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A Plight Understood by Elders

The New York Times By Clyde Haberman


Darryl Strawberry, the recovering drug user, cancer survivor and sometime baseball player, was back in the news this week for all the usual reasons. He was in trouble with the law.

Mr. Strawberry’s troubles came to the attention of a woman in Harlem named Thomasina, who found them of more than passing interest. How could she not? She has fought her own demons over the years, same as the women and men she lives with on East 121st Street, at a drug treatment residence run by Odyssey House.

Whatever the legal ins and outs of Mr. Strawberry’s latest mess, people at the residence figured that his longtime romance with drugs lay at the core of his problem. They had differences, though, on the deeper meaning.

“Everybody was saying what a fool he was,” said Thomasina, who agreed to a chat as long as her last name was not used. “But I think he’s a very sick person, and hasn’t gotten the guidance he needs. In a way, I consider him a very poor guy.

“As you can see,” she said, “he started with drugs in his teens. And then he got older. It’s a lot like us.”

By “us,” she meant 50 people living at Odyssey House in a program called ElderCare, geared to alcohol and drug abusers who are 55 and older.

A few are in their 70’s. Obviously, they have a good many years on Mr. Strawberry, who is 38. But all have at least one concern in common: dealing with the burdens of growing older while also straightening out lives misshapen by booze, pills, heroin, crack, you name it.

Some did not begin to get hooked until they were middle-aged.

Thomasina was one of them. She was 50 and working as a hospital nurse, she said, when she started using heroin. this was after her two small children died in a fire in their Brooklyn apartment. Be happy to be spared the details. They would break your heart.

“I just got more and more depressed,” said Thomasina, now 58.

“The father of my children used heroin, and I said, ‘That’s what I want to do.’ I was a nurse, and I knew better than that. But I was so depressed. I did it, I guess, to kill myself.”

She and a few fellow residents talked the other day about how they tumbled into the black hole of addiction at ages when people are supposed to have acquired some wisdom.

Susie Richardson, 59, began smoking marijuana and crack at 50 because, she acknowledged, “I was curious.” She also felt her life coming unglued after learning that her son had H.I.V., the AIDS-causing virus. Gerardo Alvetorio, 57, was an auto mechanic in his mid-30’s when he succumbed to cocaine – not old, but hardly a kid either. A former truck driver named John, 67, said he “kind of rewarded myself” with crack and powdered cocaine on his 50th birthday. That started his decline.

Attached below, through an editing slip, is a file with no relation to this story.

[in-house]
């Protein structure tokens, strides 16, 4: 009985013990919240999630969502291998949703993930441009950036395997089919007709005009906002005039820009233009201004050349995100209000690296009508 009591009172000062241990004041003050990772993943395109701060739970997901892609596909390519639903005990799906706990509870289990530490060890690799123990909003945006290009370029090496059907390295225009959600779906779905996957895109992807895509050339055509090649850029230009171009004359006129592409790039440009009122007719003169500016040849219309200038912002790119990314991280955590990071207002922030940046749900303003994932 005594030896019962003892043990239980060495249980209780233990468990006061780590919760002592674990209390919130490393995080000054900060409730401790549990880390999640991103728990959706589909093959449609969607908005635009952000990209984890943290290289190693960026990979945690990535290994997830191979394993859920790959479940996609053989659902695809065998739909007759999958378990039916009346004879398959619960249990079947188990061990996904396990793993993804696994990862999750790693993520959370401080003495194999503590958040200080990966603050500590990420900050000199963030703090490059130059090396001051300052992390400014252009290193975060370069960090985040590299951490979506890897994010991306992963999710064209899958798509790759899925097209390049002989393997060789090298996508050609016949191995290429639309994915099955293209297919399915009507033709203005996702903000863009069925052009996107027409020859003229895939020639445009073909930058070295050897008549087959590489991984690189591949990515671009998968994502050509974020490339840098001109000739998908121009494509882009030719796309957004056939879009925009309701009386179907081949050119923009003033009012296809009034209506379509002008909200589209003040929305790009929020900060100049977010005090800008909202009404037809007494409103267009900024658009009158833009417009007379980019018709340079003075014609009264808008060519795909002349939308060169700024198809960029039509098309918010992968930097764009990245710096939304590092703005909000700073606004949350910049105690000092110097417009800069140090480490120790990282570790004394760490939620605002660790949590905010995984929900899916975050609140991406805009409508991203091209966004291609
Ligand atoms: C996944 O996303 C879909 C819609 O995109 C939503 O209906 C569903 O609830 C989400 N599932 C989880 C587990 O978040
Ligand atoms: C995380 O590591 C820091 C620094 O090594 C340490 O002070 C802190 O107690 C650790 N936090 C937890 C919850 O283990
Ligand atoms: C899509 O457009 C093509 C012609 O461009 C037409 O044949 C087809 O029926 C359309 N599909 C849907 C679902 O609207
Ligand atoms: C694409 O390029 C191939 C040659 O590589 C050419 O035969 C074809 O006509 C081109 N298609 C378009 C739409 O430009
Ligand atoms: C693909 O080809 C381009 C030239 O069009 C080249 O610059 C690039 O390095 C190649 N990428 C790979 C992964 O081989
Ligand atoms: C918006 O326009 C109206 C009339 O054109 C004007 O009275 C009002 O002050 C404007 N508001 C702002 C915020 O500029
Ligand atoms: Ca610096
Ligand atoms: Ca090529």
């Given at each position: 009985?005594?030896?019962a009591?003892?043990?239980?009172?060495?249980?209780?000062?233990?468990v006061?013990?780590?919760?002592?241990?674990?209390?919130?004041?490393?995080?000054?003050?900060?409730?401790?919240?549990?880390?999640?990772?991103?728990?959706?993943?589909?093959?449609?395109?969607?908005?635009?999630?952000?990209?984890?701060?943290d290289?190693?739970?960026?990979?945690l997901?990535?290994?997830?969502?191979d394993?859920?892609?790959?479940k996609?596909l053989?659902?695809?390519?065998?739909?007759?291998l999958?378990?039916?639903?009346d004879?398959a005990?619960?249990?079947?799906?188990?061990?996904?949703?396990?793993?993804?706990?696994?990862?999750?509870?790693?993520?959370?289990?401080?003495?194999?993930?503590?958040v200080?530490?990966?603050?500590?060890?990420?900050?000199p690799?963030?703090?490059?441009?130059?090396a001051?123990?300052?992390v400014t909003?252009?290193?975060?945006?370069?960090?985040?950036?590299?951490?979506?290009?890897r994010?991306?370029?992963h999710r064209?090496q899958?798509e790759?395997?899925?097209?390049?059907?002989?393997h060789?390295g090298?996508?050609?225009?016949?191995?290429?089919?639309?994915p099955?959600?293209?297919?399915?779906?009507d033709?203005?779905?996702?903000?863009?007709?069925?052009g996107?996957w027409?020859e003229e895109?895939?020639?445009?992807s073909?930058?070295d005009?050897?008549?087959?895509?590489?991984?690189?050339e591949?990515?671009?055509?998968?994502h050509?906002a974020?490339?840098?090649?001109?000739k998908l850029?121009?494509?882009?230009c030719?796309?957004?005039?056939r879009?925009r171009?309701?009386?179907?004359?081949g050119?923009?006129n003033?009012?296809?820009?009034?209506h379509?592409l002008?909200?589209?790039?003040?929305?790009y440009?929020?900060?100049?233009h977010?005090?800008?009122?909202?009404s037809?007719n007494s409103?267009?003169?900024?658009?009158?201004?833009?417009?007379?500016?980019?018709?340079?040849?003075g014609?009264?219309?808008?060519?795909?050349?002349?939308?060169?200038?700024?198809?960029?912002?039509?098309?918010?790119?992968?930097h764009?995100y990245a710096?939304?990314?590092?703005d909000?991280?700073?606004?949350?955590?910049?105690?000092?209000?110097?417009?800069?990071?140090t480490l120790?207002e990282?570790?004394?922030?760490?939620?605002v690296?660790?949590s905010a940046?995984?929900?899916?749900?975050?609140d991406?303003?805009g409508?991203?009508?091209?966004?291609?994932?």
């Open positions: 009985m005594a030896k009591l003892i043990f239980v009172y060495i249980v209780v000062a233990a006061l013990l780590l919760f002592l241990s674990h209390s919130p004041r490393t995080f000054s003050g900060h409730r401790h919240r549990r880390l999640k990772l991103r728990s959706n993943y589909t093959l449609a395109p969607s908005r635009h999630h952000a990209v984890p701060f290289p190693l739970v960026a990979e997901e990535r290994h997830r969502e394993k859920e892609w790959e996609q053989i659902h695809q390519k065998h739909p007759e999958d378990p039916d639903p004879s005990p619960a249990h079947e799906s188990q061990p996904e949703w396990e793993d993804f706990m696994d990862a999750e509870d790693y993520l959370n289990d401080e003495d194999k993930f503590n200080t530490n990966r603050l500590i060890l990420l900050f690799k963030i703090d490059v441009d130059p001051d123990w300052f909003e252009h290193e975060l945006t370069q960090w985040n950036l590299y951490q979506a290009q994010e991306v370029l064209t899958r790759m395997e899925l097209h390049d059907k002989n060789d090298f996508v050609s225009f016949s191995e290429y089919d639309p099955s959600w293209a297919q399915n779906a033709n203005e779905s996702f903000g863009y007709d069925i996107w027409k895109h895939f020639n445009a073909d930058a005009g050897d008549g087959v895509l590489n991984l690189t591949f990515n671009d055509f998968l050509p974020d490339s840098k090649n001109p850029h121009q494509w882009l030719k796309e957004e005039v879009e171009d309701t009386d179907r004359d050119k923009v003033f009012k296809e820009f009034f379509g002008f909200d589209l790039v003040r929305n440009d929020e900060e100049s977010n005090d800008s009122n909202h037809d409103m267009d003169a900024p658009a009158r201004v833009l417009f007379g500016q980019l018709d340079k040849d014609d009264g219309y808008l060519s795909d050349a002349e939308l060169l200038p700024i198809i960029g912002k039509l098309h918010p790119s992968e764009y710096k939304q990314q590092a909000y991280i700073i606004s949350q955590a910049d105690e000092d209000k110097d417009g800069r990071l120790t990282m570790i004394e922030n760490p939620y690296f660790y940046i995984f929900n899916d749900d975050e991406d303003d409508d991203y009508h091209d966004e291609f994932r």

Perhaps you will call some of these wounds self-inflicted, and you may not be wrong. But that does not make the troubles any less real.

Peter Provet, Odyssey House’s president, calls addiction among those who are middle-aged and beyond “an unspoken, unaddressed problem.” its scope defies precise measurement, he said, because figures on, say, 60-year-old heroin addicts are hard to come by. But the ElderCare program’s long waiting list tells him that the problem is there all the same.

Nor are illicit drugs the only issue, not by a long shot. Alcoholism among older people is a big worry, as is the abuse of legal prescription drugs. An “invisible epidemic” is how the situation has been described by the federal government’s Substance Abuse and Mental Health Services Administration.

A 1998 report from that agency said that problems with alcohol and pills affect as much as 17 percent of American adults age 60 and up. Many showed no signs of trouble until they were well into their 60’s and even 70’s. Aging, the report noted, “makes the body more vulnerable” to the effects of alcohol and drugs.

New York State’s Office of Alcoholism and Substance Abuse Services said that 4.1 percent of the 277,535 people treated last year in state-licensed programs were 55 and older. That may not sound like a high percentage. But it represents more than 11,000 people, and that number may well rise as the baby boomers age.

There is another effect of growing older: piecing together a shattered life hardly gets easier. Darryl Strawberry is finding that out. So is Thomasina, who expects to leave ElderCare soon after nearly two years and to go back to work as a nurse.

“You have to start all over again,” she said. “At this age, it is not a beautiful thing.

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